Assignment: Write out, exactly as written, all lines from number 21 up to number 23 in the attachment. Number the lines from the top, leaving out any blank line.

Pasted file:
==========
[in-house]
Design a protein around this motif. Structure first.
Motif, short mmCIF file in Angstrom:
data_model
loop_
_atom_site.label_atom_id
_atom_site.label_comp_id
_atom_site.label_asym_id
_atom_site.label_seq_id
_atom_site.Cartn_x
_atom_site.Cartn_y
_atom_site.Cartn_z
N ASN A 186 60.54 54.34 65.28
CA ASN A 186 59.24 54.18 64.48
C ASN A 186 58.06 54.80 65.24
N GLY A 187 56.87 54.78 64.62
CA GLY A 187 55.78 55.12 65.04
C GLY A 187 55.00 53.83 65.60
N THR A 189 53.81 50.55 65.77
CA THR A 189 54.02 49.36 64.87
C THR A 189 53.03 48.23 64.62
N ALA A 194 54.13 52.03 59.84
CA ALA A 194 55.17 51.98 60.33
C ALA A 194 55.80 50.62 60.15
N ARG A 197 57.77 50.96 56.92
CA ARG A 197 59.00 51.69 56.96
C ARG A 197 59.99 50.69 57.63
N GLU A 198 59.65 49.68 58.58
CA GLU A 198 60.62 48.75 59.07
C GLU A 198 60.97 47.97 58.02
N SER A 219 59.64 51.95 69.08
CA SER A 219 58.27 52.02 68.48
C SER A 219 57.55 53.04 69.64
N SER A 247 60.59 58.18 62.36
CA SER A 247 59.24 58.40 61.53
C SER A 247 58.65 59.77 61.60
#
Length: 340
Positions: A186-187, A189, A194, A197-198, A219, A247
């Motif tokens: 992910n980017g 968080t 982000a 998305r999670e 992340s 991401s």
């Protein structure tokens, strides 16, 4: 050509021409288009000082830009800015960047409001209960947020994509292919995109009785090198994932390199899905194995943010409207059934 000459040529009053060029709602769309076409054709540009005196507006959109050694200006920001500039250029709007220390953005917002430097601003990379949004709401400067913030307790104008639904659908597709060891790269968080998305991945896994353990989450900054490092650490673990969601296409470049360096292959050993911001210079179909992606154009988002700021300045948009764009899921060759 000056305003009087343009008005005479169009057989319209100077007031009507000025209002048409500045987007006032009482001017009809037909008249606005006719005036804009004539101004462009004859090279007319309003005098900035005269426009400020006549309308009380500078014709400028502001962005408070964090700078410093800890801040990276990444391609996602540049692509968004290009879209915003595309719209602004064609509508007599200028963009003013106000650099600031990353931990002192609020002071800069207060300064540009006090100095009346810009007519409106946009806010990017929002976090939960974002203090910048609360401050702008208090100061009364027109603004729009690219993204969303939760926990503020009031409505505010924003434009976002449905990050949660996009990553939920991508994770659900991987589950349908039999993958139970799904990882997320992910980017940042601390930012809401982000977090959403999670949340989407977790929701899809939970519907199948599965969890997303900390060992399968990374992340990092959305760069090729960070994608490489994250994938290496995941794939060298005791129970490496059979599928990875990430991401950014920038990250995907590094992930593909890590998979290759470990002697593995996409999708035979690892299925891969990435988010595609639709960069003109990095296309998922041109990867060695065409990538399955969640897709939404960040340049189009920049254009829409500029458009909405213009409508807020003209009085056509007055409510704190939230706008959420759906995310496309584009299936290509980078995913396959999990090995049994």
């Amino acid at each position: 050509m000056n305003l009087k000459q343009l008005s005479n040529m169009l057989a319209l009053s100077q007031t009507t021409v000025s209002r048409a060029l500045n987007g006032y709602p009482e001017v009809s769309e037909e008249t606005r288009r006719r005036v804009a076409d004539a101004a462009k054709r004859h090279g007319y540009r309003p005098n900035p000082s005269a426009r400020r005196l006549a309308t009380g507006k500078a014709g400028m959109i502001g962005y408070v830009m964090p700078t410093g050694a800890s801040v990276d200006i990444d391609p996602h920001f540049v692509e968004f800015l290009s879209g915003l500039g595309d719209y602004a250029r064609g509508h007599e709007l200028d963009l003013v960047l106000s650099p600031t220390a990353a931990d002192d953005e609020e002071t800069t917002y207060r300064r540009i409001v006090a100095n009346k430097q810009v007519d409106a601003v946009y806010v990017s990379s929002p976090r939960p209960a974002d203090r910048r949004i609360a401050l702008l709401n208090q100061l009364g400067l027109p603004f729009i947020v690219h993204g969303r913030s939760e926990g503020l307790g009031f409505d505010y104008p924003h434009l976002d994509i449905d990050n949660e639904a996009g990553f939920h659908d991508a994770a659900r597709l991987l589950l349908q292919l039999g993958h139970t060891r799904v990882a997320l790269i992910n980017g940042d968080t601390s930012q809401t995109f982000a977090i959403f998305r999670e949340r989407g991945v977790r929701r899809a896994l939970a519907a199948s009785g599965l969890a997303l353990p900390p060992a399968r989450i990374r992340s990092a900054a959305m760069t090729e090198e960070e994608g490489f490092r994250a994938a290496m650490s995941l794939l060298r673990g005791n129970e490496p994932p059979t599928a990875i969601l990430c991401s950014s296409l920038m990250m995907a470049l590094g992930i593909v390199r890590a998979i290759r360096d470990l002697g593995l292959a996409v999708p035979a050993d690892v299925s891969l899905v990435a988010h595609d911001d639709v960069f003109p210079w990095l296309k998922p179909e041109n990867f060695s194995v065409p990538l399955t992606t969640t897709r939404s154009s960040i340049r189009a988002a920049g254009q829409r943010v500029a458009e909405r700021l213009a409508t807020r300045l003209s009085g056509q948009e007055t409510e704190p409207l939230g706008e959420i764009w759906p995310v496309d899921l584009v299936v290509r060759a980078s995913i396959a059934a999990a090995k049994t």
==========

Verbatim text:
C THR A 189 53.03 48.23 64.62
N ALA A 194 54.13 52.03 59.84
CA ALA A 194 55.17 51.98 60.33